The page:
City Council approves controversial Cougar Mountain subdivision
September 11, 2012
By Warren Kagarise
City leaders OK’d a Cougar Mountain subdivision after months of negotiations among the city, neighbors and the developer — and despite objections from neighbors about impacts to street parking and concerns about landslide risk.
In a unanimous decision, City Council members approved the subdivision, called Forest Heights — a proposal to add 24 single-family homes to about six acres on a 13.9-acre site. The agreement also set aside land for storm water detention and to preserve open space.
The proposed project site is northeast of Talus, south of Northwest James Bush Road and uphill from state Route 900, across from Tibbetts Creek Manor.
Officials approved the Forest Heights development agreement Aug. 6, after the Council Land & Shore Committee spent months sifting through details related to the plan.
“We dig into things in committee,” Council President Tola Marts said before the decision. “The hope is that when we get to the full council, we have addressed things at least to the satisfaction of a majority of the council members, if not to everyone in the process.”
The proposal galvanized residents in the nearby Talus urban village. Neighbors spoke against the proposal at a June 4 public hearing to collect input on the proposed subdivision.
But, because municipal development rules allowed the Forest Heights proposal to proceed, city officials could only impose conditions on the project to broker a compromise, and not stop the project outright, as some neighbors requested.
“Ultimately, this is a situation where you have a property owner of a very large property and property owners of individual residences, and we have to balance the needs and the rights of both of those interests,” Councilman Joshua Schaer said, and then acknowledged the neighbors’ apprehension.
“If it were in my backyard, I’d be concerned about it, too,” he said.
City officials held a public hearing before the hearing examiner in late March. (The hearing examiner is a municipal official responsible for certain development-related decisions.)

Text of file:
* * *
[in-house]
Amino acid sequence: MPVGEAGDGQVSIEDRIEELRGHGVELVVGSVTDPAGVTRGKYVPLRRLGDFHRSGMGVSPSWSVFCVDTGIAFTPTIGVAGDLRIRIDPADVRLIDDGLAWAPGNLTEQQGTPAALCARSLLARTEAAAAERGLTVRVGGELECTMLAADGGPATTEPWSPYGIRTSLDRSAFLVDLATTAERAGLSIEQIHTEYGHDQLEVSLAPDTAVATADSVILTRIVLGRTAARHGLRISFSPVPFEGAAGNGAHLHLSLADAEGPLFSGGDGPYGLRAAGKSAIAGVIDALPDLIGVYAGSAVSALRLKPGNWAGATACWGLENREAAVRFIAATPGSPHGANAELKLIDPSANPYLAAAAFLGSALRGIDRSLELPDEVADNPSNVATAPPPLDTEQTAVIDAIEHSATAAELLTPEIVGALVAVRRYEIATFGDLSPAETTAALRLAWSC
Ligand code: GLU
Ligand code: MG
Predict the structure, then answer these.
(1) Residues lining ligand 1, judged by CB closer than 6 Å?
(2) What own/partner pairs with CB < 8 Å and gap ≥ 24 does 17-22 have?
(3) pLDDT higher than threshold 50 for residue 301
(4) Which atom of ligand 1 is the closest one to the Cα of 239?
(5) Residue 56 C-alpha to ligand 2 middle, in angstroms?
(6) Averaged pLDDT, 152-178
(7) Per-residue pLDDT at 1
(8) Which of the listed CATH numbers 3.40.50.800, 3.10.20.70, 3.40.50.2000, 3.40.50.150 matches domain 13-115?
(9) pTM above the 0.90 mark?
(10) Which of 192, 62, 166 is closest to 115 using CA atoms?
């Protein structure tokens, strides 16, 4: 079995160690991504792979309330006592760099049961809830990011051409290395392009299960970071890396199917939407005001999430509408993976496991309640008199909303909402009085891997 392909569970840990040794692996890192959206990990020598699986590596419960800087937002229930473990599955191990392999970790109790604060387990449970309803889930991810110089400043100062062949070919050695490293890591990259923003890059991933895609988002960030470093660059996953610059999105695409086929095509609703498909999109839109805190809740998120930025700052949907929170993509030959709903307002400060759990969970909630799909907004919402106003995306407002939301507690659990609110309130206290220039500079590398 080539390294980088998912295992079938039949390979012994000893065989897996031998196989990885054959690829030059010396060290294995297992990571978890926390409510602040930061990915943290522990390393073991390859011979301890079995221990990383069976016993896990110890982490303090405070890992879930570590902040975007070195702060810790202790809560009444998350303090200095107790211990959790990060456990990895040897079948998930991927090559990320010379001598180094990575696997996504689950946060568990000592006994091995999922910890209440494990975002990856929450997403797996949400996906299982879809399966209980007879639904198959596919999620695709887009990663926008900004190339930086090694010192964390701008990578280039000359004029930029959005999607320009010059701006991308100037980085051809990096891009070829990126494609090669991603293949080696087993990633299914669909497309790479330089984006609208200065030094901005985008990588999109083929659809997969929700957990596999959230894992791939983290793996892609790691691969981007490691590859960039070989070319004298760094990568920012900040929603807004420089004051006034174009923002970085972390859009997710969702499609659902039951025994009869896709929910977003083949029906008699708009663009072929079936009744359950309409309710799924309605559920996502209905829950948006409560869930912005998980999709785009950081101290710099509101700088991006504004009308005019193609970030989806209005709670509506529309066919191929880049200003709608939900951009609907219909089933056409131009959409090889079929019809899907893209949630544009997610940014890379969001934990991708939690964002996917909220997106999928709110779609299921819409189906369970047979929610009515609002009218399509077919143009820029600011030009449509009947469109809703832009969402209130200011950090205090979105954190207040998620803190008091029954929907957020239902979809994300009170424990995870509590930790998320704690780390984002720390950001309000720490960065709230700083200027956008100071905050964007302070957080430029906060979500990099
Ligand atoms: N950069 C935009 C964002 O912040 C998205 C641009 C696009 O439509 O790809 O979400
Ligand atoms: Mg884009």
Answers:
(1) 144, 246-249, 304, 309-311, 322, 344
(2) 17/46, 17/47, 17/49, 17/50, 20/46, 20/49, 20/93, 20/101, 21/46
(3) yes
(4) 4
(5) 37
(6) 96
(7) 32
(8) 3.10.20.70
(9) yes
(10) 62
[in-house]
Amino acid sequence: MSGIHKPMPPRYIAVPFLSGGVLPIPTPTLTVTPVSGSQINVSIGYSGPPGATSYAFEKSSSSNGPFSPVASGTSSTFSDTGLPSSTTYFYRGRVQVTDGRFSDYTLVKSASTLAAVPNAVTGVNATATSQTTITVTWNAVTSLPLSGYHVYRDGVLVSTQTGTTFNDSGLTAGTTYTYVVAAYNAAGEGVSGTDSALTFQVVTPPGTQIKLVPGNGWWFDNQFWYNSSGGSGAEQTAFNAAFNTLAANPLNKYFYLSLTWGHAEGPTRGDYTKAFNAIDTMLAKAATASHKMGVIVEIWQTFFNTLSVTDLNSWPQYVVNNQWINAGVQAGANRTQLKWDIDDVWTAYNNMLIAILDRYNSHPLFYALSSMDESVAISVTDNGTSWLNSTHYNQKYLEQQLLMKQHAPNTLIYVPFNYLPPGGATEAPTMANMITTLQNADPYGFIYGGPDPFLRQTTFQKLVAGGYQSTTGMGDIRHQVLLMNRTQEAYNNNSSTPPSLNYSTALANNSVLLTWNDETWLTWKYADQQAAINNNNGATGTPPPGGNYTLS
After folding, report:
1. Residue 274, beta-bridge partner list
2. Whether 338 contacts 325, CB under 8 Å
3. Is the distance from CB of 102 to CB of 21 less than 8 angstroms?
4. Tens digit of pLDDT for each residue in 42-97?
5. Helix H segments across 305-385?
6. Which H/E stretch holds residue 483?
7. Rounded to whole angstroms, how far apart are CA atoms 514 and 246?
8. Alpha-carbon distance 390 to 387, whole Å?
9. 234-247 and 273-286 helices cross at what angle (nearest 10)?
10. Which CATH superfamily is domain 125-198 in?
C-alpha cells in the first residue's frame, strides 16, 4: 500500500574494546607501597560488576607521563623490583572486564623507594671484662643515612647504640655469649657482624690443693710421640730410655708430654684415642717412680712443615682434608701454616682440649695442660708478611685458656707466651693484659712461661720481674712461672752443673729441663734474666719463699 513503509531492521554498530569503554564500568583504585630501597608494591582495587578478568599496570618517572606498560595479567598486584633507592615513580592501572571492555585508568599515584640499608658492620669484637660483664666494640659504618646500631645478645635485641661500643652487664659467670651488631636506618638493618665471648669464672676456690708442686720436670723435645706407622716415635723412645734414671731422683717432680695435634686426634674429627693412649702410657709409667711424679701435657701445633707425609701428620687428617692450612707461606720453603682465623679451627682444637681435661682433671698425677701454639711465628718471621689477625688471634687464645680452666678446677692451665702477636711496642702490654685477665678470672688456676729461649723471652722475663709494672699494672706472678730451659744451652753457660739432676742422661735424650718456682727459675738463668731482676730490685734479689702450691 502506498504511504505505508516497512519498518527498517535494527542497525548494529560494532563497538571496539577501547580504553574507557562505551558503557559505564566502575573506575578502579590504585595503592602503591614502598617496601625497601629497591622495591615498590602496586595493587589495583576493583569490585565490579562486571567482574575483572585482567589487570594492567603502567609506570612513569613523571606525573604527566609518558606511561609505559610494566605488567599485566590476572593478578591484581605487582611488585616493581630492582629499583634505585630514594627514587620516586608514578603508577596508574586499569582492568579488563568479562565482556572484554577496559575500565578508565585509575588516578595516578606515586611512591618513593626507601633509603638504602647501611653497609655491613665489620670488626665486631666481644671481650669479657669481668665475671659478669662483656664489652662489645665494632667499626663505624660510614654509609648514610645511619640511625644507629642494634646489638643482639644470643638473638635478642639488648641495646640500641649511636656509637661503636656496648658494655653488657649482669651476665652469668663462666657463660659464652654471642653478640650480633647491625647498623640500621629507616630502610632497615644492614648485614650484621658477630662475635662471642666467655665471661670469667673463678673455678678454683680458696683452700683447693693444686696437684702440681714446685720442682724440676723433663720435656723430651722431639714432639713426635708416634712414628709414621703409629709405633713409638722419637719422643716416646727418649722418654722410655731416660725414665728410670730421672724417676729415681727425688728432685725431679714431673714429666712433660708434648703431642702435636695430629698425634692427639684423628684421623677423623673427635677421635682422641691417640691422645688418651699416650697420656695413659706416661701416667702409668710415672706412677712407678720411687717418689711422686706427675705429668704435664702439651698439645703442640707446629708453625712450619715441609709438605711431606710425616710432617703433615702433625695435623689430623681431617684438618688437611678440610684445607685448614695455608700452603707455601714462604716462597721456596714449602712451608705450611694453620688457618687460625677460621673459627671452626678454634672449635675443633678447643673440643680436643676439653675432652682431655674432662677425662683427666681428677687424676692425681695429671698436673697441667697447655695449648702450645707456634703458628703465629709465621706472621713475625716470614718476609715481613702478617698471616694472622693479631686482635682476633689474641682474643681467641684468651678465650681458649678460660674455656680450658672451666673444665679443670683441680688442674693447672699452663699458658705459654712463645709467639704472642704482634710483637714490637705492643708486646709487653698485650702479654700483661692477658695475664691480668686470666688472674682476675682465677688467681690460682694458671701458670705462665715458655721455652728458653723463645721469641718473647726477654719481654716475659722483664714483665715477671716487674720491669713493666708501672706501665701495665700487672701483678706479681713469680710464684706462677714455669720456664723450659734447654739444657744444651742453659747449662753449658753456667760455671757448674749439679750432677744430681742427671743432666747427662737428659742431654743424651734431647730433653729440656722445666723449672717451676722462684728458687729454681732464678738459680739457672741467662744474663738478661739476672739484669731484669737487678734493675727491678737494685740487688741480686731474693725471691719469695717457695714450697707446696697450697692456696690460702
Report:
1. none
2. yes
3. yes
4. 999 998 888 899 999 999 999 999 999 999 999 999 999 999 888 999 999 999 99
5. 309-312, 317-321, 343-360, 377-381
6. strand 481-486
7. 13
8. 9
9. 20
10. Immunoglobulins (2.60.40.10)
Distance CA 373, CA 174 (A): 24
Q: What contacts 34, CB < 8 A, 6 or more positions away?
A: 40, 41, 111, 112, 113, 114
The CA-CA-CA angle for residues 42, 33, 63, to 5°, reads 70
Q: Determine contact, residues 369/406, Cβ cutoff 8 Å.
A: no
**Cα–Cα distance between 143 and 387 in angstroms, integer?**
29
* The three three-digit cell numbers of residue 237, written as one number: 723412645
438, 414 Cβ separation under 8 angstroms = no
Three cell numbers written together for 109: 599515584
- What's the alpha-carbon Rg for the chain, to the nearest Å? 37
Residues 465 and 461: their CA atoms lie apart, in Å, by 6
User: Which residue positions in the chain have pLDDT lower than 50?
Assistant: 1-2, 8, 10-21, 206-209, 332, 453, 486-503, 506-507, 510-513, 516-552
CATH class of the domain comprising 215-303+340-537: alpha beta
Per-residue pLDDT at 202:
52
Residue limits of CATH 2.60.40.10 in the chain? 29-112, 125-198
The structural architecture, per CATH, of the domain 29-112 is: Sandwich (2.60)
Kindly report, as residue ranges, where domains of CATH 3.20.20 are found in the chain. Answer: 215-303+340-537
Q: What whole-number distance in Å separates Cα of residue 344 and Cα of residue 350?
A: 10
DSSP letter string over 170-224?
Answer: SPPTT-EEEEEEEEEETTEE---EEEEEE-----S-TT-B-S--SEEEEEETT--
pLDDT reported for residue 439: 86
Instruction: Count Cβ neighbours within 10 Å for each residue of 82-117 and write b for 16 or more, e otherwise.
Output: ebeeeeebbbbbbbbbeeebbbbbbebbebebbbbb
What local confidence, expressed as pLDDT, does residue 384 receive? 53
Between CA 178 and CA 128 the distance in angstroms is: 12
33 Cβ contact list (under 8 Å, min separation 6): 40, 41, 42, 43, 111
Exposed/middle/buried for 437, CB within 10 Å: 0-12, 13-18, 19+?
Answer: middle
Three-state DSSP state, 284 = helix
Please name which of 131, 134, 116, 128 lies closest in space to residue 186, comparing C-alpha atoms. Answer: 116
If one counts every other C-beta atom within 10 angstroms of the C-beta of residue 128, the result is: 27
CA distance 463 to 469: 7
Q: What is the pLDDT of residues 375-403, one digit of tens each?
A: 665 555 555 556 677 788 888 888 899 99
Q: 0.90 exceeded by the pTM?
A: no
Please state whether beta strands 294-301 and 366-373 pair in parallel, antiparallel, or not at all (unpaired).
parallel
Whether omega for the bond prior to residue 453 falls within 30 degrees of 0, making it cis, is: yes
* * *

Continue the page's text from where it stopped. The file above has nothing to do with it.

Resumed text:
The hearing examiner recommended the council approve the project, but to apply some conditions to the agreement.
Under the conditions for the project, Talus residents can use the planned Forest Heights trail system, for instance, and can access lots along a retaining wall in the neighborhood to conduct annual inspections.
The council said the long process before approval strengthened the overall project.
“Many of these actions that we’re involved in, especially complicated ones, require a lot of detail and a lot of homework and a lot of work,” Councilman Fred Butler said.
The decision represented a milestone for Forest Heights. The applicant behind the project, Joseph Amedson, applied for the initial permit on the project in October 2009.
“I know it’s not perfect in the eyes of some people, but the city’s hands are tied with regard to some of the issues,” said Councilwoman Stacy Goodman, Land & Shore Committee chairwoman.
The council gathered input from Talus residents and homeowners along James Bush Road before the proposal returned from the committee for approval.
“I think that that made for a better project,” Goodman said. “We appreciate your insight. We appreciate you taking the time to come to talk to us.”